IMF lowers 2014 global growth forecast to 3.4%
Washington: The IMF lowered its 2014 global economic growth forecast Thursday, warning of "negative surprises" from the United States and China and geopolitical risks in Ukraine and the Middle East.
The International Monetary Fund projected global growth of 3.4 percent for this year, down from its April estimate of 3.7 percent.
In 2013, the world economy grew 3.2 percent.
The downgraded 2014 growth outlook reflects "both the legacy of the weak first quarter, particularly in the United States, and a less optimistic outlook for several emerging markets," the IMF said, in an update of its semiannual World Economic Outlook.
The US economy, which accounts for nearly a quarter of the world`s gross domestic product, shrunk by 2.9 percent in the first quarter, in part because of severe winter weather.
On Wednesday, the IMF lowered its 2014 US growth forecast to a "disappointing" 1.7 percent, from 2.0 percent in mid-June and 2.8 percent in April.
"It`s really a story of something which has just happened and that is behind us," said Olivier Blanchard, the IMF`s chief economist.
The IMF is projecting growth will pick up in the US the rest of the year, but not enough to offset the first-quarter drag.
China, the world`s second-largest economy, will expand less than previously thought, the IMF said, lowering its forecast to 7.4 percent from 7.6 percent.
"In China, domestic demand moderated more than expected," it said.
In the eurozone, still struggling to recover from recession, the growth estimate was unchanged at 1.1 percent, and the IMF reiterated concern about weak inflation in the 18-nation European bloc.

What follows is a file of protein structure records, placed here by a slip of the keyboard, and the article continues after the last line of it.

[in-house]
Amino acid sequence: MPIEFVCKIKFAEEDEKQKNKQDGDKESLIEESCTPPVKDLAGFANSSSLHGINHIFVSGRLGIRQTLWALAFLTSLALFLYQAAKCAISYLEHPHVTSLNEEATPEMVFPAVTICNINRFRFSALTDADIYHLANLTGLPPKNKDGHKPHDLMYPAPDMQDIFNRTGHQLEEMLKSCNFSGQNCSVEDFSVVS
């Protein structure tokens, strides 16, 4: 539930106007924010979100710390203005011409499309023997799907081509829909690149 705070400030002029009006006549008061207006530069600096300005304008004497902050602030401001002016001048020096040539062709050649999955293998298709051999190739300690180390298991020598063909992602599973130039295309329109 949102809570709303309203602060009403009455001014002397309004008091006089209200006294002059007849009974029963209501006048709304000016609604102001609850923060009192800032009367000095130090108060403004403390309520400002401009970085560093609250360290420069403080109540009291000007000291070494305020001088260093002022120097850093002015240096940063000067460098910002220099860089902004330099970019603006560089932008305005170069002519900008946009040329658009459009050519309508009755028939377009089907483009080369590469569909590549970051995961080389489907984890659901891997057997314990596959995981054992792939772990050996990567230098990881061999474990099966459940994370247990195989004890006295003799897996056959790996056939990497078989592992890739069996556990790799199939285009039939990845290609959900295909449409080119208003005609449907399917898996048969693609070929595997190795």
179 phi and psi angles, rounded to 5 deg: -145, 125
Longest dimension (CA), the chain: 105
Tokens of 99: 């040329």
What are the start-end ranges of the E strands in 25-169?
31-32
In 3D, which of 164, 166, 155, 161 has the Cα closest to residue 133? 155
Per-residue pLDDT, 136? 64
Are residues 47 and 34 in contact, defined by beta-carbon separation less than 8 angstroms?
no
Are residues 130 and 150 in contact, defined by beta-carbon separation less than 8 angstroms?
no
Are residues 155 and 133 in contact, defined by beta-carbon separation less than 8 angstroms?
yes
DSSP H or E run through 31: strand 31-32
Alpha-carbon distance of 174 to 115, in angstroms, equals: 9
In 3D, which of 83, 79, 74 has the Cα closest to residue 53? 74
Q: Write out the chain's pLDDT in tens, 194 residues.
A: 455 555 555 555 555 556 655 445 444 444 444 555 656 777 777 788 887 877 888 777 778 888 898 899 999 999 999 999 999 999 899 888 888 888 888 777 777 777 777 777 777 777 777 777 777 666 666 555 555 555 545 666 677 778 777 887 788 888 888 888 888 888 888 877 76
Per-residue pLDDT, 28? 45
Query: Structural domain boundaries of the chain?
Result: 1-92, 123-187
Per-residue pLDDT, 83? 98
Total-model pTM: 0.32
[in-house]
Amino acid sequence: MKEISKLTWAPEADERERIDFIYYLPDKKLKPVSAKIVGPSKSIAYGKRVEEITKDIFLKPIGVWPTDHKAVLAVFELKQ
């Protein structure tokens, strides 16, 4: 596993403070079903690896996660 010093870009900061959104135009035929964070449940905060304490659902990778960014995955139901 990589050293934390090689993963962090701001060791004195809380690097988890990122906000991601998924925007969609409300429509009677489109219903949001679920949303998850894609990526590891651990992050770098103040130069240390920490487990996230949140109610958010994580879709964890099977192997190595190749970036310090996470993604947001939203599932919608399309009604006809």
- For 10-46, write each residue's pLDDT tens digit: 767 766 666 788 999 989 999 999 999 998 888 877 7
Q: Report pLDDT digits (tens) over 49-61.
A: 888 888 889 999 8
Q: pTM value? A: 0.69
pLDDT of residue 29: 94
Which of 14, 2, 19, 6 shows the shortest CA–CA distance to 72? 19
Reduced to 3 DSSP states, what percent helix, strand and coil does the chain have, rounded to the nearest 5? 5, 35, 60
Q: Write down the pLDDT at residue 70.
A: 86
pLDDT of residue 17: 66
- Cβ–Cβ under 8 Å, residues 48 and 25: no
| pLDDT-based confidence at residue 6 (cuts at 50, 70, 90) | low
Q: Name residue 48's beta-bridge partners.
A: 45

"In major advanced economies, there is a risk of stagnation in the medium term," the IMF warned.The brief update showed the IMF increasingly concerned by escalating geopolitical tensions.
"Geopolitical risks have risen relative to April: risks of an oil price spike are higher due to recent developments in the Middle East while those related to Ukraine are still present," the report said.
Russia, the target of recent US and European Union economic sanctions for its alleged support of separatist fighting in Ukraine, was likely to see its economy brought to the brink of recession this year.
IMF slashed its Russian growth forecast by 1.1 percentage point, to 0.2 percent, saying "activity in Russia decelerated sharply as geopolitical tensions further weakened demand."
Emerging-market economies would slow a bit more than previously estimated, to a 4.6 percent growth pace, but they were not expected to suffer significantly from the eventual US exit from extremely loose monetary policy.
"Emerging market economies -- particularly those with domestic weaknesses and external vulnerabilities -- may face a sudden worsening of financial conditions and a reversal in capital flows in the event of a shift in financial market sentiment," the IMF said.
Such a scenario occurred in 2013 when investors abruptly withdrew capital from emerging-market economies anticipating the Federal Reserve would raise its key US interest rate, stuck near zero since late 2008. That did not happen, but the Fed is looking to hike the federal funds rate in mid-2015.
"I don`t think we`ll see major financial chaos in the future... but there are going to be bumps,"Blanchard said.
Despite the worse-than-expected global growth outlook for 2014, the IMF left its 2015 forecast unchanged at an annual rate of 4.0 percent, the fastest pace since 2011.